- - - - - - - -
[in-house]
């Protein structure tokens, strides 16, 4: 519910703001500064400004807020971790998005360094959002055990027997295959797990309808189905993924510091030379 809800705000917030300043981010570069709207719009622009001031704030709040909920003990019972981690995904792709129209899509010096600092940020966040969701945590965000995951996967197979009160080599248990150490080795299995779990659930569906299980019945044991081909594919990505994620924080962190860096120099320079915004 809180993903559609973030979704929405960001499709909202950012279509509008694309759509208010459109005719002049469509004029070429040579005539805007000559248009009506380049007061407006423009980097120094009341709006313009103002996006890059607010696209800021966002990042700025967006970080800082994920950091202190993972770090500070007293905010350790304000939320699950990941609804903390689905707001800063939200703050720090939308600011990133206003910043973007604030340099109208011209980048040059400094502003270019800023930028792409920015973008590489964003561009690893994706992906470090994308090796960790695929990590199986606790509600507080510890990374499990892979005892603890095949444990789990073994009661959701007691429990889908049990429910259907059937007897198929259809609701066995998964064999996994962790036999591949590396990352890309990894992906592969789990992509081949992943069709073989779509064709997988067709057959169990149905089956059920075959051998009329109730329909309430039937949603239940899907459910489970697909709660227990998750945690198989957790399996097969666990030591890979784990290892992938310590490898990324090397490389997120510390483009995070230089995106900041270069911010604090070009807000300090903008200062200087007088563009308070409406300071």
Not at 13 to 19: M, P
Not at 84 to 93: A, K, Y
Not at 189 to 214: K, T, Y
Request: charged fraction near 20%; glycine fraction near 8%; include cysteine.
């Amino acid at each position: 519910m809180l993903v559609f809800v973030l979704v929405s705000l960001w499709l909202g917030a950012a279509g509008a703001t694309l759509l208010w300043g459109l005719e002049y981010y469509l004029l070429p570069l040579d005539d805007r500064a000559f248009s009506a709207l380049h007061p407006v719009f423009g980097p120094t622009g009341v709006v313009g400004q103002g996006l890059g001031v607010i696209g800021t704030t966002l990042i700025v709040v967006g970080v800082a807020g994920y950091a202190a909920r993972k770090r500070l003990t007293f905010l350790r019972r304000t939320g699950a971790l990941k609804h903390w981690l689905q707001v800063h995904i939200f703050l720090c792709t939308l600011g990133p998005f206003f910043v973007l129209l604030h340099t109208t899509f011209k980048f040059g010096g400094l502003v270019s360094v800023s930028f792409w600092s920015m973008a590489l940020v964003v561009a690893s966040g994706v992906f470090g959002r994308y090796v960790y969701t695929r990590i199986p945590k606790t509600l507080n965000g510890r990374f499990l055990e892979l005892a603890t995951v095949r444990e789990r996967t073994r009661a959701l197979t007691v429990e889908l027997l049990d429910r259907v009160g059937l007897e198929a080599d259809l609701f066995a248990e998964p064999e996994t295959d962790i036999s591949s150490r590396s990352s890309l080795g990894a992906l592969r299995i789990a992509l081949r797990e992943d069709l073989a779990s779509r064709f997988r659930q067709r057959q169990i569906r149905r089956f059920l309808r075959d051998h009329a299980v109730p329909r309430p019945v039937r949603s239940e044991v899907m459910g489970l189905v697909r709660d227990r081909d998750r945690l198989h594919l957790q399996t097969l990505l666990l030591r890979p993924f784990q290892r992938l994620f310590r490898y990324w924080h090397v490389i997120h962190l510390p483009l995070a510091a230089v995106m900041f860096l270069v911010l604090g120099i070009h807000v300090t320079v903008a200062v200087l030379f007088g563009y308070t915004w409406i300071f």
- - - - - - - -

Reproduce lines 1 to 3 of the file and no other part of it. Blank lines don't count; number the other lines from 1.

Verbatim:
[in-house]
């Protein structure tokens, strides 16, 4: 519910703001500064400004807020971790998005360094959002055990027997295959797990309808189905993924510091030379 809800705000917030300043981010570069709207719009622009001031704030709040909920003990019972981690995904792709129209899509010096600092940020966040969701945590965000995951996967197979009160080599248990150490080795299995779990659930569906299980019945044991081909594919990505994620924080962190860096120099320079915004 809180993903559609973030979704929405960001499709909202950012279509509008694309759509208010459109005719002049469509004029070429040579005539805007000559248009009506380049007061407006423009980097120094009341709006313009103002996006890059607010696209800021966002990042700025967006970080800082994920950091202190993972770090500070007293905010350790304000939320699950990941609804903390689905707001800063939200703050720090939308600011990133206003910043973007604030340099109208011209980048040059400094502003270019800023930028792409920015973008590489964003561009690893994706992906470090994308090796960790695929990590199986606790509600507080510890990374499990892979005892603890095949444990789990073994009661959701007691429990889908049990429910259907059937007897198929259809609701066995998964064999996994962790036999591949590396990352890309990894992906592969789990992509081949992943069709073989779509064709997988067709057959169990149905089956059920075959051998009329109730329909309430039937949603239940899907459910489970697909709660227990998750945690198989957790399996097969666990030591890979784990290892992938310590490898990324090397490389997120510390483009995070230089995106900041270069911010604090070009807000300090903008200062200087007088563009308070409406300071």
Not at 13 to 19: M, P